Friday, March 13, 2015
In an article recently published with collaborators from Africa, we outline ways the global response to infectious diseases must include community members as engaged experts. The article appears in the journal Health Promotion International. A blog post at Oxford University Press outlines our proposal. In short, we suggest an eight step process to better address disease outbreaks through early and sustained community engagement. These steps include ensuring that outside health care workers familiarize themselves with a community (its customs, beliefs, and informal leaders) before entering; that they enter accompanied by a respected local leader, and with “cultural humility” (showing respect for the community’s knowledge and assets); that they listen and learn, not simply give orders and take unexplained and fear-producing actions. A meeting in the community, called by local leaders and to which outside health workers are invited as guests, is another important step; it allows outsiders to share what they know while promoting reciprocal learning, and establishing trust and respect. Community meetings also provide a good platform for assessing “community readiness” to work with health care workers in identifying aspects of the standard infection prevention and control (IPC) protocol that might be adjusted to improve their cultural congruence, without compromising safety.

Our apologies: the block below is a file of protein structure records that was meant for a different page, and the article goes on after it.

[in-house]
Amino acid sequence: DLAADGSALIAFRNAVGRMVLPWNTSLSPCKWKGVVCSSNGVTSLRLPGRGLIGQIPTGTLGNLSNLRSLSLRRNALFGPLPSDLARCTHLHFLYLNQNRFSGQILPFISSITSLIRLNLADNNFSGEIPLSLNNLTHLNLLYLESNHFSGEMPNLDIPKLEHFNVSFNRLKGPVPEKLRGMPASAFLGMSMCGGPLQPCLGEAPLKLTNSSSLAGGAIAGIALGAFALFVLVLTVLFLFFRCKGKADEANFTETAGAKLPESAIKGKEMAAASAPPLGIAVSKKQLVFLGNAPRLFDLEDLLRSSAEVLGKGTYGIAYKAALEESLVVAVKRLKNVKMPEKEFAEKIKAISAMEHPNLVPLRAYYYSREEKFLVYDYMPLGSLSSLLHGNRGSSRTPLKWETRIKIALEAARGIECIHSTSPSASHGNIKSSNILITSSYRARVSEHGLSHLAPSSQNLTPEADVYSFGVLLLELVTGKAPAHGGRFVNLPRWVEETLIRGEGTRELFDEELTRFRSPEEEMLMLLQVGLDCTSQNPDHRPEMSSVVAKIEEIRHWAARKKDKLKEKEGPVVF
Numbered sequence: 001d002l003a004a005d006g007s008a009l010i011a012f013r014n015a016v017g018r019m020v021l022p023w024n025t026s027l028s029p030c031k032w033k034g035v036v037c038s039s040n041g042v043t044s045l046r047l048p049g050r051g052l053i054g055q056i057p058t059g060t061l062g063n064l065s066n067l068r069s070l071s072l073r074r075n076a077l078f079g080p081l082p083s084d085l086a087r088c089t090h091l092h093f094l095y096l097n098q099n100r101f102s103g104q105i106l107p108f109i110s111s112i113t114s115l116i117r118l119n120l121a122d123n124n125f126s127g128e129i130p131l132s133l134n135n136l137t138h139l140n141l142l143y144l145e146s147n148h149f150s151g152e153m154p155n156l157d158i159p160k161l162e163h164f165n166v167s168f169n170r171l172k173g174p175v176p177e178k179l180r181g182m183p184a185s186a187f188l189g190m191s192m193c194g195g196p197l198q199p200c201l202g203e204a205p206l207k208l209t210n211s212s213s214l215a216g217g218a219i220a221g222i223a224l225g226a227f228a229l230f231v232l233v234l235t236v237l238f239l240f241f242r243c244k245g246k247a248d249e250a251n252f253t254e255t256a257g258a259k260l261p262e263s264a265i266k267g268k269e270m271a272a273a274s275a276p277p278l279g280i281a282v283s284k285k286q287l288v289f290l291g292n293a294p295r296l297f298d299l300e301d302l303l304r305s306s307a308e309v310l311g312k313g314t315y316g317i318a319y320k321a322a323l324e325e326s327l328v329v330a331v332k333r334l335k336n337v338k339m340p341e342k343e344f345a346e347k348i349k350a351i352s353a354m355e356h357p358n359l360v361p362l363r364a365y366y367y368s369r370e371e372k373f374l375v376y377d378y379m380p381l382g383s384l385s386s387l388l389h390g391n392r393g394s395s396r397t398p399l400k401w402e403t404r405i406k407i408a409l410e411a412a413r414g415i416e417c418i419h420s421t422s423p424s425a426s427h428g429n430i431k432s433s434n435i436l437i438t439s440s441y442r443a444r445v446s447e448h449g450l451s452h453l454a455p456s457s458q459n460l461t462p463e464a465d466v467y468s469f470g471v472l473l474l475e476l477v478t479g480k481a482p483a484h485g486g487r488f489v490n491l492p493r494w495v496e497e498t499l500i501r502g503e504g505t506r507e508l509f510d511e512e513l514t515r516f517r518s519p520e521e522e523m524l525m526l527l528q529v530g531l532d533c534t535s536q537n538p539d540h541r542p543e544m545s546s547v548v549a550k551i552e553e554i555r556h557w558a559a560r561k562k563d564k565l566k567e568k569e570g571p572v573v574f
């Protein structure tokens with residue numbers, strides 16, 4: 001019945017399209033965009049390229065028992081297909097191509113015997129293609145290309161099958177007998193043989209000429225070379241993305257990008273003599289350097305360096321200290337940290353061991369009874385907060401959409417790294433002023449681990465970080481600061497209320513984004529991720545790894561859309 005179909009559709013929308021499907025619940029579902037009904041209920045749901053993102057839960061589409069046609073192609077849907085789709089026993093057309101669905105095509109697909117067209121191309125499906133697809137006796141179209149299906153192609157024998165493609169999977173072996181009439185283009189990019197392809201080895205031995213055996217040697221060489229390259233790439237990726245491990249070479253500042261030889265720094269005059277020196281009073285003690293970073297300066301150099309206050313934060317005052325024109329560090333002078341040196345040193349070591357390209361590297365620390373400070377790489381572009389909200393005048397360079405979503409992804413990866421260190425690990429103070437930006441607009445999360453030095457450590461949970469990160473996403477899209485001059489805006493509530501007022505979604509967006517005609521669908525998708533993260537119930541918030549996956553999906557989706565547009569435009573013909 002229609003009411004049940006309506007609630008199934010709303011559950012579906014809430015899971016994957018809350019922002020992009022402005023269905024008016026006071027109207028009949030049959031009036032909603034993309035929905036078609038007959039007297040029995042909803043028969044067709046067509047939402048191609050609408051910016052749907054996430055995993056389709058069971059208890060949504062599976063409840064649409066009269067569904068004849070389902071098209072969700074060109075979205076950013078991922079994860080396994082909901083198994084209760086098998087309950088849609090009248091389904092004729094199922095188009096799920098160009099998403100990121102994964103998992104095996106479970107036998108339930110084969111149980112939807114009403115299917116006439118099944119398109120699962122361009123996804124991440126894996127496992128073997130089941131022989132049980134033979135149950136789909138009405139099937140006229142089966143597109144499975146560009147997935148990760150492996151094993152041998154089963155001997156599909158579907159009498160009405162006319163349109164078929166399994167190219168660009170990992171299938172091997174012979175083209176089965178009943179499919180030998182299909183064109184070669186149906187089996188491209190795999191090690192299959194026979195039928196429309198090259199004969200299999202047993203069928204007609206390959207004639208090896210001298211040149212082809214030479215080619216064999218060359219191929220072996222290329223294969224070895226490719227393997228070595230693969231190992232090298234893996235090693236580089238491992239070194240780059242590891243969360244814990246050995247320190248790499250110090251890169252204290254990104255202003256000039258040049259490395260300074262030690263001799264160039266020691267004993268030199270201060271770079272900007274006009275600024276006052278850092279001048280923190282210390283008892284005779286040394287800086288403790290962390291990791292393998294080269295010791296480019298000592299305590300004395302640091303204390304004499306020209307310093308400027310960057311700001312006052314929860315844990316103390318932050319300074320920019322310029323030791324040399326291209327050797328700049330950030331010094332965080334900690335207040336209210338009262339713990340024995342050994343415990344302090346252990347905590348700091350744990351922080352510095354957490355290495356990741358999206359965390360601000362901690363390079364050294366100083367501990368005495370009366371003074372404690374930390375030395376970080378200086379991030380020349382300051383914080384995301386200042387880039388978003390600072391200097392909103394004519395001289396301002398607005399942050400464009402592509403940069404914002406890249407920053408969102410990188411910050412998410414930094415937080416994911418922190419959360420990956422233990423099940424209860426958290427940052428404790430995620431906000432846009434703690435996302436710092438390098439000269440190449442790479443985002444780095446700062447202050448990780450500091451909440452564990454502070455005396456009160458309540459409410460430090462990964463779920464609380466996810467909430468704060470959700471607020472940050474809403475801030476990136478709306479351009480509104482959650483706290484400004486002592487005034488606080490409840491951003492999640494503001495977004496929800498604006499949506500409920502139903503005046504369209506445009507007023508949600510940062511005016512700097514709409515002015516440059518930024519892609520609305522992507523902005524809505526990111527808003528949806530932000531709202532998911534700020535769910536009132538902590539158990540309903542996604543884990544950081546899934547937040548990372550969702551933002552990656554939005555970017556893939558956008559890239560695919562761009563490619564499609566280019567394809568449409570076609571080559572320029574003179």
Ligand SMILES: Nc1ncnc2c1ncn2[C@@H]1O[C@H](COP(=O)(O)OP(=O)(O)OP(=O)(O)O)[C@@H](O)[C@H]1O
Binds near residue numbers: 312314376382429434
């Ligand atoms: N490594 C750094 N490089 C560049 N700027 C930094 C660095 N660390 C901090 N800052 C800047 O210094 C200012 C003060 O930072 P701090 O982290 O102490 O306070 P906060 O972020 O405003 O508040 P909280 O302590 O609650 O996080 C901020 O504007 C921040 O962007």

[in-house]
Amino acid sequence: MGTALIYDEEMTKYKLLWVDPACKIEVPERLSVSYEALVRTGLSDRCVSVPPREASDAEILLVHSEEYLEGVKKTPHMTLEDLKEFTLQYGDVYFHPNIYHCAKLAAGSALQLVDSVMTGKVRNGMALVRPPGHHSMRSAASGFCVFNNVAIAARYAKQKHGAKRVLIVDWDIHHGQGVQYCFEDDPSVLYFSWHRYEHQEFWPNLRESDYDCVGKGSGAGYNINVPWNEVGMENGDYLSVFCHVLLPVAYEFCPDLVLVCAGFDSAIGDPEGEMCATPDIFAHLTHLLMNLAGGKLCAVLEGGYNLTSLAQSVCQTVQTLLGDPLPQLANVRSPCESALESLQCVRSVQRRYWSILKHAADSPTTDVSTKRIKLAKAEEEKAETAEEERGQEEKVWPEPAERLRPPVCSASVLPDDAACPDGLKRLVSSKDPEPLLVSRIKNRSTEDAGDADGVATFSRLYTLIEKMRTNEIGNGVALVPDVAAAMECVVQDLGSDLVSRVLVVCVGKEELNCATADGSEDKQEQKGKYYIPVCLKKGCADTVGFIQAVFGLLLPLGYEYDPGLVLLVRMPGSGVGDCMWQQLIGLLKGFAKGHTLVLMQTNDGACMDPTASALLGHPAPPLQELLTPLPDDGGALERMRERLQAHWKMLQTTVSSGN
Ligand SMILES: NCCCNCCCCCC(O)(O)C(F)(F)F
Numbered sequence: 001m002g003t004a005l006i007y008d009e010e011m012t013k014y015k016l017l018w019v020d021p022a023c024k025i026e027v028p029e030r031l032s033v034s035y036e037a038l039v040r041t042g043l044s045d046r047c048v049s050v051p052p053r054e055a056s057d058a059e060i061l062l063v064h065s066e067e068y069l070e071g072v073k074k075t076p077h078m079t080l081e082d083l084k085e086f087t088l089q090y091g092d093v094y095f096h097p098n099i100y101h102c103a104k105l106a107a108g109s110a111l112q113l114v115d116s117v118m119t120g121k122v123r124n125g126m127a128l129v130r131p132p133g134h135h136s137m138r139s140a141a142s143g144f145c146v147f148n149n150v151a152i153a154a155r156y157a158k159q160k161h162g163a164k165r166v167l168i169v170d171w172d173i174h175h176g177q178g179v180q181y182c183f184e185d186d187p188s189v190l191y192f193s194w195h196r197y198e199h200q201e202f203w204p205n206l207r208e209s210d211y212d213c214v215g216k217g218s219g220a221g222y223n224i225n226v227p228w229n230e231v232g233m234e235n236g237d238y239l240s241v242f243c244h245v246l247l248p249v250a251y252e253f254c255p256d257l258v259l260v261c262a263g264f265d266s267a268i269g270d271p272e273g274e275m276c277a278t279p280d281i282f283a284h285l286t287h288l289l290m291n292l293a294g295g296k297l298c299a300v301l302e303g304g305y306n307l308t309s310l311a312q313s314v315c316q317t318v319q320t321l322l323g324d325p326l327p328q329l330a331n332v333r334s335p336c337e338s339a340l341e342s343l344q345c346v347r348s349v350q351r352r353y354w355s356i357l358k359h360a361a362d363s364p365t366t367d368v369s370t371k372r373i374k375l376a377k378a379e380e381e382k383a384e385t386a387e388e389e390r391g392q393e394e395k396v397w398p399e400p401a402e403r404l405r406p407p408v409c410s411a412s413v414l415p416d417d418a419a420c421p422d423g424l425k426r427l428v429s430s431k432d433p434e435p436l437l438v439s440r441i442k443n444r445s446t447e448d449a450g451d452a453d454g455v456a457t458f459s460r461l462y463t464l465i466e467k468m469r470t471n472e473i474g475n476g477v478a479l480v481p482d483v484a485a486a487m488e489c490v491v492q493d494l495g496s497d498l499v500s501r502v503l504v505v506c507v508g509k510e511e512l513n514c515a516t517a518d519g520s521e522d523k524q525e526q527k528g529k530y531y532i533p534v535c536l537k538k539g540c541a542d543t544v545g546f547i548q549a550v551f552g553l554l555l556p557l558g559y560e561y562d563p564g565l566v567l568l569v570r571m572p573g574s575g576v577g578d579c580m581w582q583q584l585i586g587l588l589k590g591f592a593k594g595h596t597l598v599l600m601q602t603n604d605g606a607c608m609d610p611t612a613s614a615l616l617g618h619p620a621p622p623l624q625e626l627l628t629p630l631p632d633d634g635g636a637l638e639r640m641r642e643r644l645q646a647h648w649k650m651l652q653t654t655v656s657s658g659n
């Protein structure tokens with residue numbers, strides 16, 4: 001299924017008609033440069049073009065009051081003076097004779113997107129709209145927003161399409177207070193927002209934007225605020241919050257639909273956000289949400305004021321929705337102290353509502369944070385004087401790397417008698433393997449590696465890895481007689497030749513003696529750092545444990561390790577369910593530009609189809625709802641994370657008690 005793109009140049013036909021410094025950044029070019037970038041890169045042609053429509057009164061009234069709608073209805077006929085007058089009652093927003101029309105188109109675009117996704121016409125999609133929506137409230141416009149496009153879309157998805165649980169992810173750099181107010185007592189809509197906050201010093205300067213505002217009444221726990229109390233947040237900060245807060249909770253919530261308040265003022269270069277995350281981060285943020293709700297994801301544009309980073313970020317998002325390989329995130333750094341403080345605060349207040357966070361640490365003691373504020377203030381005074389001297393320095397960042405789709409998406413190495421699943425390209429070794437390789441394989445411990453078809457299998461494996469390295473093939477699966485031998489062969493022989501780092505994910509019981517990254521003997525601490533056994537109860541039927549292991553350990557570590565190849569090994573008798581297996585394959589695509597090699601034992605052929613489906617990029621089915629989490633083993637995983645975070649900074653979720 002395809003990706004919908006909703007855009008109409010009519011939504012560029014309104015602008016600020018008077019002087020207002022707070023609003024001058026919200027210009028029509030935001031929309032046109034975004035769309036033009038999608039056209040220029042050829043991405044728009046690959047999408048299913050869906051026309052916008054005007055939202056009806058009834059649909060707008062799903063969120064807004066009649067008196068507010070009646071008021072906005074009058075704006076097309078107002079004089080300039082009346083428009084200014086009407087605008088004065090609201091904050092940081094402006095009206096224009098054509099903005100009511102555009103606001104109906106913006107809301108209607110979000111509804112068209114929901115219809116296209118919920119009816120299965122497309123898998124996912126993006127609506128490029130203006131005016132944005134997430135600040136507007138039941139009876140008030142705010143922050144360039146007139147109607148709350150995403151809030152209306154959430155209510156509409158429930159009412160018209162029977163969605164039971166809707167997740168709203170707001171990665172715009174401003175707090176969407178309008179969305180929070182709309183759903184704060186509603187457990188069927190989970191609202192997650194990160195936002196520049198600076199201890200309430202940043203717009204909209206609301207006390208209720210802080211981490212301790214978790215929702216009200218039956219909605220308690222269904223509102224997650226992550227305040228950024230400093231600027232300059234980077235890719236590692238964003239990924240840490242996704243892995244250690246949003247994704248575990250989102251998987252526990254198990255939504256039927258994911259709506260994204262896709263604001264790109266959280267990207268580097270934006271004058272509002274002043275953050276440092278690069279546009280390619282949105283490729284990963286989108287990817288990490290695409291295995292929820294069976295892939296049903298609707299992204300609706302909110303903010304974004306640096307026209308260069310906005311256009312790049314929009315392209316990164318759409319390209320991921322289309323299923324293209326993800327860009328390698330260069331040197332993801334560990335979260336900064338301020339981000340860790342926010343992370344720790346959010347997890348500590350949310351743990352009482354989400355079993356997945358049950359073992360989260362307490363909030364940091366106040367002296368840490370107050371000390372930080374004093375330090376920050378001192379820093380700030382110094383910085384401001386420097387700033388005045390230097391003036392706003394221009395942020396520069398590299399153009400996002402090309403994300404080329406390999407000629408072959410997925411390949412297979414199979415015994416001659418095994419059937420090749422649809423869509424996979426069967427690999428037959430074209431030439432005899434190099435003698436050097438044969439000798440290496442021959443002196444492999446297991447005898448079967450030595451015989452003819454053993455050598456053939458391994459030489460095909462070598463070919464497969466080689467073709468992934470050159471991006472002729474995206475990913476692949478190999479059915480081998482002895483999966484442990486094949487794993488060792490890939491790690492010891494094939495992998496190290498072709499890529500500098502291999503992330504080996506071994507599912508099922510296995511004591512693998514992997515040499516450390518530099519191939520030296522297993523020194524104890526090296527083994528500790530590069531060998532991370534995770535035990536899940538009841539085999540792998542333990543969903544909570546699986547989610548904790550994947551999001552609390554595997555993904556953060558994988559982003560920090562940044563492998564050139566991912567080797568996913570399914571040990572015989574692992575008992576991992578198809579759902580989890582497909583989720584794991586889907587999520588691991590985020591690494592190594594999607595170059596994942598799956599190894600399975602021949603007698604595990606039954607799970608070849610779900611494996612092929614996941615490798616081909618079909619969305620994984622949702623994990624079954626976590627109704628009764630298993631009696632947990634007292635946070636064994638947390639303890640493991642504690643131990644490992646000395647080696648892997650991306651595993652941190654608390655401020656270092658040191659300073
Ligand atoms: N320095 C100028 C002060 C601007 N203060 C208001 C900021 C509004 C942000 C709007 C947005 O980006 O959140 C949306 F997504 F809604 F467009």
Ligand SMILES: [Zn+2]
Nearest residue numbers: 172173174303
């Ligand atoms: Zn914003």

Thursday, March 12, 2015
We recently published our work in Richmond, CA, detailing our Health in all Policies (HiAP) strategy and ordinance. The Ordinance was singed into law by the Richmond City Council in April 2014. We have detailed the processes and content of our work in two papers:
"Health in All Urban Policy: City Services through the Prism of Health," from the Journal of Urban Health &
"A Health-In-All-Policies Approach Addresses Many Of Richmond, California’s Place-Based Hazards, Stressors," from the journal Health Affairs.
We hope to share our experiences with other cities aiming to incorporate Health Equity in all decision making.
With all the attention to inequalities in Paris and Europe more generally, I am co-leading a collaboration between University of Paris X, Nanterre, and UC Berkeley focused on reducing health inequities in the Paris and San Francisco metropolitan regions. This collaboration started in Fall 2013 and continues into February 2015. During February, I brought a team from Richmond, California, to Paris to share our experiences with the Richmond Health Equity Partnership and Health in All Policies and to learn from collaborations between the University Paris and Ile de France, Conseil Regional. We heard from students from the Sante pubique et territores laboratory about their term projects researching the determinants of cancer disparities. We also met with with Marianne Auffret, vice Mayor of Paris 14th, in charge of Health. We plan to continue this collaboration through a comparative study of the health equity implications of the "Suburbanization of Poverty" in Paris and the San Francisco Bay Area. Stay tuned.